The zebrafish (Danio rerio) is increasingly being used as model in behavioural, neurobiological and genetic research.
Rearing animals specifically for behavioral research is a very common practice. However, the results from behavioral studies with laboratory animals should be interpreted with care.
Novel object recognition is one of the most commonly used behavioral tests on laboratory rodents. It is also easily automated with video tracking software. Want to know how?
Often in animal research, animals with a certain genetic alteration are compared to a “wild-type”. One might assume that there is no differences between wild-types, but many different strains of wild-type animals are used.
On a yearly basis, an estimated 20.000 individuals are diagnosed with primary brain tumors in the United States alone. About ten times that number of patients will receive treatment for primary or metastatic brain cancer.
In the beginning of this year I wrote a post about the Morris water maze test, a popular and well-validated paradigm to study learning and memory in rats and mice.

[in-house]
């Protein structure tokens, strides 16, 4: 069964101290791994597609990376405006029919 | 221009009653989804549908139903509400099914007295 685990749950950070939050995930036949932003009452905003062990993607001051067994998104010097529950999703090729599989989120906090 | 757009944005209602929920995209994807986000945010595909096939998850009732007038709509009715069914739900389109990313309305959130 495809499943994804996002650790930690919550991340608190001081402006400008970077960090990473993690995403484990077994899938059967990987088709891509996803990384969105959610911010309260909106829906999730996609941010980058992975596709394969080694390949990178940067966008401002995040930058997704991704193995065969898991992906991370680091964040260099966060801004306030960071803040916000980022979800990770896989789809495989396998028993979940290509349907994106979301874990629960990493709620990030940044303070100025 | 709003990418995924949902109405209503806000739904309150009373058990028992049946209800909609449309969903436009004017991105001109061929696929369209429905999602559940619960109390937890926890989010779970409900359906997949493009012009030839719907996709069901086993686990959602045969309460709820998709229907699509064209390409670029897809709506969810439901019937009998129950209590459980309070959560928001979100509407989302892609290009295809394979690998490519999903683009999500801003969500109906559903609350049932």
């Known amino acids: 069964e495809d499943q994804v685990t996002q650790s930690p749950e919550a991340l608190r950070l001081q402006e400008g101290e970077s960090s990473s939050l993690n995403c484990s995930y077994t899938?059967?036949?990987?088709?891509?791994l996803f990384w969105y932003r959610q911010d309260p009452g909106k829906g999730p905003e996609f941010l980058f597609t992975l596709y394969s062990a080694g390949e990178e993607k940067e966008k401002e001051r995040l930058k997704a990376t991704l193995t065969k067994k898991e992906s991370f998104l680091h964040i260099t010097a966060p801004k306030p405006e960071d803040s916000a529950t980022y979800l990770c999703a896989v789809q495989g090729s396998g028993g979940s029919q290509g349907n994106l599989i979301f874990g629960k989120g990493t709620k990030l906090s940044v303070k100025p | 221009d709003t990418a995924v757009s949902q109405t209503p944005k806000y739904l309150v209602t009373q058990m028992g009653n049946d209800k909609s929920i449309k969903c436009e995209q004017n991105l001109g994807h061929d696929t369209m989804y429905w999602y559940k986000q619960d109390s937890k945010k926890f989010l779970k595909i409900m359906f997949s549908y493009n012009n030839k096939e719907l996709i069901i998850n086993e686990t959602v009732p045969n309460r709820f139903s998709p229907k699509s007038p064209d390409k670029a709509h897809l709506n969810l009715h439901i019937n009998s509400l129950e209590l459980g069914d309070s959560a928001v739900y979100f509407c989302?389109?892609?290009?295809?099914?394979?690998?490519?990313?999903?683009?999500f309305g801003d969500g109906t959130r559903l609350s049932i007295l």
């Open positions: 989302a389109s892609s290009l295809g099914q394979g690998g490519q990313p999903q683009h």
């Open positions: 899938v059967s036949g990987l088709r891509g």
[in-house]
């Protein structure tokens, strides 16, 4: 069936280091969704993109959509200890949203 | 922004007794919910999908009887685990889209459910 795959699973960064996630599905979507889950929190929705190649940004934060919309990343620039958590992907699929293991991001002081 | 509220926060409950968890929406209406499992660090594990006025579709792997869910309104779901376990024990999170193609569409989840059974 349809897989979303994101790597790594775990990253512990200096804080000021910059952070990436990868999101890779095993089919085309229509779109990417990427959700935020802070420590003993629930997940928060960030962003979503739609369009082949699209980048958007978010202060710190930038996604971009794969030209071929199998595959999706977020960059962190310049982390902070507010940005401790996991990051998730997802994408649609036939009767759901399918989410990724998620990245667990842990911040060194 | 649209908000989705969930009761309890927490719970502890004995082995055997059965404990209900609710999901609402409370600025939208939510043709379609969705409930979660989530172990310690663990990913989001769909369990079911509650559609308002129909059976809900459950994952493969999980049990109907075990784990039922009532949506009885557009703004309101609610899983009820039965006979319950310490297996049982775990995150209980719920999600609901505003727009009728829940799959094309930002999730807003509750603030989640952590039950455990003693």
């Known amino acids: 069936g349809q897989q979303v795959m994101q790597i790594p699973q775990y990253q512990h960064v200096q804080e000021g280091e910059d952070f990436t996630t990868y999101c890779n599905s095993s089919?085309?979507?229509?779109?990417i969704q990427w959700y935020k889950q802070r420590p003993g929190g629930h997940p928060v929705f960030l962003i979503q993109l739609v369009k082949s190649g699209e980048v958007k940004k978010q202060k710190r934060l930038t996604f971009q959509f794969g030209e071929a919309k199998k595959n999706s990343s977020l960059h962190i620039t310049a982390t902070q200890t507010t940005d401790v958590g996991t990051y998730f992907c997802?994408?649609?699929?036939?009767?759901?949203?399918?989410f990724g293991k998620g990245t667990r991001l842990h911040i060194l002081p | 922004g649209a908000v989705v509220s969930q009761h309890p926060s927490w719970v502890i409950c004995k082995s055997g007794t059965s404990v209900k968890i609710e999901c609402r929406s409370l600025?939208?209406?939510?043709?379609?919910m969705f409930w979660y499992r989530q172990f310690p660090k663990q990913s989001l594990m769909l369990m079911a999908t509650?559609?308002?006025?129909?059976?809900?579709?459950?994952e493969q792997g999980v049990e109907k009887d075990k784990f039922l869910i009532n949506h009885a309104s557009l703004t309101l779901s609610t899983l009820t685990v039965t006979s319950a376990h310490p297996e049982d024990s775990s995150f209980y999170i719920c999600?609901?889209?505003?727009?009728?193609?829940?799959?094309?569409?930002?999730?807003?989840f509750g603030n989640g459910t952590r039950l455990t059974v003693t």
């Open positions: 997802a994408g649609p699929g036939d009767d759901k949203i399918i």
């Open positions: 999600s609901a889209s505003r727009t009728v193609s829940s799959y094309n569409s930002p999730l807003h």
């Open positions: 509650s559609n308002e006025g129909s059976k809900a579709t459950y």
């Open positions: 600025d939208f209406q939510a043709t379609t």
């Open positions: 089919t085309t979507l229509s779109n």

A great example of optogenetics in behavioral studies is the work of Dr. Kravitz and Dr. Kreitzer at the Kreitzer lab (currently, Kravitz works at the NIDDK in Bethesda). Let me tell you about it.
I have been reading a lot about zebrafish research lately and I thought it would be nice to share some of my favorite articles with you.
Autism (ASD) continues to be an important topic in scientific research. Although finding the actual cause of ASD is still years away, there have been several studies that point to a strong genetic component.
Scrolling through our recent blogs, you can tell how important zebrafish have become in behavioral research. So we thought it was time to tell you a little more about some popular paradigms. Starting with the T-maze.